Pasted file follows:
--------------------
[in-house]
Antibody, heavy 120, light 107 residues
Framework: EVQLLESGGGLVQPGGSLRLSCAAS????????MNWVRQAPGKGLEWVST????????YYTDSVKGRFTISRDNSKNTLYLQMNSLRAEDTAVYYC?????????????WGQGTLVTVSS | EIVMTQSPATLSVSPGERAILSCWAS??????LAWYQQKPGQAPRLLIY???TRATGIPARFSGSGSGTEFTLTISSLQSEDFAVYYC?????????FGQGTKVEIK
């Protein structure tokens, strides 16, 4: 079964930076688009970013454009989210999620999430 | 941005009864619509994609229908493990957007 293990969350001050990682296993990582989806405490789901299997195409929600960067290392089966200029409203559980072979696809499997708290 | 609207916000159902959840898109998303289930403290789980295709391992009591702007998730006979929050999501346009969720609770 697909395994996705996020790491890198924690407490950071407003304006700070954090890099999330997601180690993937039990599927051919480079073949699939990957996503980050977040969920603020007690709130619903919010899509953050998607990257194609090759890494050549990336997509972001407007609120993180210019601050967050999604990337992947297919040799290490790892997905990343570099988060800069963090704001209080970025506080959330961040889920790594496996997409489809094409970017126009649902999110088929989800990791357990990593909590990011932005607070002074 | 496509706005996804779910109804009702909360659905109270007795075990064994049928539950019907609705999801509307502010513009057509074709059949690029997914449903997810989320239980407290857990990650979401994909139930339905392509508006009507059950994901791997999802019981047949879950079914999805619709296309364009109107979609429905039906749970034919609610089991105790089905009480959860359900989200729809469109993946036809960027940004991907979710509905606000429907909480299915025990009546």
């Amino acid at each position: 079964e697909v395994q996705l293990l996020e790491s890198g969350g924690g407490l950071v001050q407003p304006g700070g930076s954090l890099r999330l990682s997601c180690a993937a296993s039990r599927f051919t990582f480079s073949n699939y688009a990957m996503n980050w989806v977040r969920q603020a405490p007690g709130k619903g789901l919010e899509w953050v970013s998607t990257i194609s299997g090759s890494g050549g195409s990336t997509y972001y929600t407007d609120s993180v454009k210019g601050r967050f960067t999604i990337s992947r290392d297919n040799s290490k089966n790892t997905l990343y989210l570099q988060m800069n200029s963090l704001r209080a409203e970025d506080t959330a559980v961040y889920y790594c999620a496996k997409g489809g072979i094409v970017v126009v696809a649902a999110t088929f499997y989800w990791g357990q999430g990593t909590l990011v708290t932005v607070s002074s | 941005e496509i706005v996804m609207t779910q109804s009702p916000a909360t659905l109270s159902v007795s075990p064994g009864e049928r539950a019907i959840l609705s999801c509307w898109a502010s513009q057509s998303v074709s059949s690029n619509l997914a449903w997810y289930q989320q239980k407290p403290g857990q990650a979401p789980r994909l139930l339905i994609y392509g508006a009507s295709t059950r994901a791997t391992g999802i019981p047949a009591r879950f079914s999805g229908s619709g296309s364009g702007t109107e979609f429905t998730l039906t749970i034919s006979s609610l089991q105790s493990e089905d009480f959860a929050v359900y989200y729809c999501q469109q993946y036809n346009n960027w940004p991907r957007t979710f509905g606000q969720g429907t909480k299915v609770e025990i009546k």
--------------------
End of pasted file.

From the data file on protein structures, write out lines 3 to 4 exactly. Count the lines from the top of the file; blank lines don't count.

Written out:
Framework: EVQLLESGGGLVQPGGSLRLSCAAS????????MNWVRQAPGKGLEWVST????????YYTDSVKGRFTISRDNSKNTLYLQMNSLRAEDTAVYYC?????????????WGQGTLVTVSS | EIVMTQSPATLSVSPGERAILSCWAS??????LAWYQQKPGQAPRLLIY???TRATGIPARFSGSGSGTEFTLTISSLQSEDFAVYYC?????????FGQGTKVEIK
């Protein structure tokens, strides 16, 4: 079964930076688009970013454009989210999620999430 | 941005009864619509994609229908493990957007 293990969350001050990682296993990582989806405490789901299997195409929600960067290392089966200029409203559980072979696809499997708290 | 609207916000159902959840898109998303289930403290789980295709391992009591702007998730006979929050999501346009969720609770 697909395994996705996020790491890198924690407490950071407003304006700070954090890099999330997601180690993937039990599927051919480079073949699939990957996503980050977040969920603020007690709130619903919010899509953050998607990257194609090759890494050549990336997509972001407007609120993180210019601050967050999604990337992947297919040799290490790892997905990343570099988060800069963090704001209080970025506080959330961040889920790594496996997409489809094409970017126009649902999110088929989800990791357990990593909590990011932005607070002074 | 496509706005996804779910109804009702909360659905109270007795075990064994049928539950019907609705999801509307502010513009057509074709059949690029997914449903997810989320239980407290857990990650979401994909139930339905392509508006009507059950994901791997999802019981047949879950079914999805619709296309364009109107979609429905039906749970034919609610089991105790089905009480959860359900989200729809469109993946036809960027940004991907979710509905606000429907909480299915025990009546």